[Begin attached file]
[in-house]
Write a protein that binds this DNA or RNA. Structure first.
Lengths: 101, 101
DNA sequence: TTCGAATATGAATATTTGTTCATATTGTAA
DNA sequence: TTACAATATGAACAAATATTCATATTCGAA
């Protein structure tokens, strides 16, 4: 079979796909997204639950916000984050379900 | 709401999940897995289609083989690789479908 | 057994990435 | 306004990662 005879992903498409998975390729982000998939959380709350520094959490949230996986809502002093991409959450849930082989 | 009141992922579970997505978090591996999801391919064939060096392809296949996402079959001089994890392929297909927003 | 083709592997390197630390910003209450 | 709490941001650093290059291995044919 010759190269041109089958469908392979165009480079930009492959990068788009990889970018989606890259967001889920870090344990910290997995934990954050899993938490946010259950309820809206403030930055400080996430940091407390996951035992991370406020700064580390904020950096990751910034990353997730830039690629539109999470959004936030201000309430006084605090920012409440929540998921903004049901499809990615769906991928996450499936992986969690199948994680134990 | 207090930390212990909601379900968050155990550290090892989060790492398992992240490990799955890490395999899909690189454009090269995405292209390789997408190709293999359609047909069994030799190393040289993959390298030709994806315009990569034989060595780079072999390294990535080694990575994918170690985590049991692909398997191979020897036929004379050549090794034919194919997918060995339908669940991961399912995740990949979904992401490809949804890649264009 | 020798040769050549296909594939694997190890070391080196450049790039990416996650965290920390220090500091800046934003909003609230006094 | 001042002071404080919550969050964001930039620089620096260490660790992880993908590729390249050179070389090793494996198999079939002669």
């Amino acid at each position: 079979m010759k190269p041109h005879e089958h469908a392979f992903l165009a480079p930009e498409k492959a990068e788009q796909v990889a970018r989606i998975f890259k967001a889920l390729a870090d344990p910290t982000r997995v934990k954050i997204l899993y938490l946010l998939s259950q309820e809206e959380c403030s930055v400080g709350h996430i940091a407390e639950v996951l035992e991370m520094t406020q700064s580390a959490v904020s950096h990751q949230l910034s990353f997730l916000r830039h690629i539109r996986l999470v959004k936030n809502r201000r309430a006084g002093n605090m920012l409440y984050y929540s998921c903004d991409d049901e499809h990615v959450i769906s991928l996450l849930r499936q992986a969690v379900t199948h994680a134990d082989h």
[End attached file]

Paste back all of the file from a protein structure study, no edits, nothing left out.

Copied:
[in-house]
Write a protein that binds this DNA or RNA. Structure first.
Lengths: 101, 101
DNA sequence: TTCGAATATGAATATTTGTTCATATTGTAA
DNA sequence: TTACAATATGAACAAATATTCATATTCGAA
């Protein structure tokens, strides 16, 4: 079979796909997204639950916000984050379900 | 709401999940897995289609083989690789479908 | 057994990435 | 306004990662 005879992903498409998975390729982000998939959380709350520094959490949230996986809502002093991409959450849930082989 | 009141992922579970997505978090591996999801391919064939060096392809296949996402079959001089994890392929297909927003 | 083709592997390197630390910003209450 | 709490941001650093290059291995044919 010759190269041109089958469908392979165009480079930009492959990068788009990889970018989606890259967001889920870090344990910290997995934990954050899993938490946010259950309820809206403030930055400080996430940091407390996951035992991370406020700064580390904020950096990751910034990353997730830039690629539109999470959004936030201000309430006084605090920012409440929540998921903004049901499809990615769906991928996450499936992986969690199948994680134990 | 207090930390212990909601379900968050155990550290090892989060790492398992992240490990799955890490395999899909690189454009090269995405292209390789997408190709293999359609047909069994030799190393040289993959390298030709994806315009990569034989060595780079072999390294990535080694990575994918170690985590049991692909398997191979020897036929004379050549090794034919194919997918060995339908669940991961399912995740990949979904992401490809949804890649264009 | 020798040769050549296909594939694997190890070391080196450049790039990416996650965290920390220090500091800046934003909003609230006094 | 001042002071404080919550969050964001930039620089620096260490660790992880993908590729390249050179070389090793494996198999079939002669």
């Amino acid at each position: 079979m010759k190269p041109h005879e089958h469908a392979f992903l165009a480079p930009e498409k492959a990068e788009q796909v990889a970018r989606i998975f890259k967001a889920l390729a870090d344990p910290t982000r997995v934990k954050i997204l899993y938490l946010l998939s259950q309820e809206e959380c403030s930055v400080g709350h996430i940091a407390e639950v996951l035992e991370m520094t406020q700064s580390a959490v904020s950096h990751q949230l910034s990353f997730l916000r830039h690629i539109r996986l999470v959004k936030n809502r201000r309430a006084g002093n605090m920012l409440y984050y929540s998921c903004d991409d049901e499809h990615v959450i769906s991928l996450l849930r499936q992986a969690v379900t199948h994680a134990d082989h």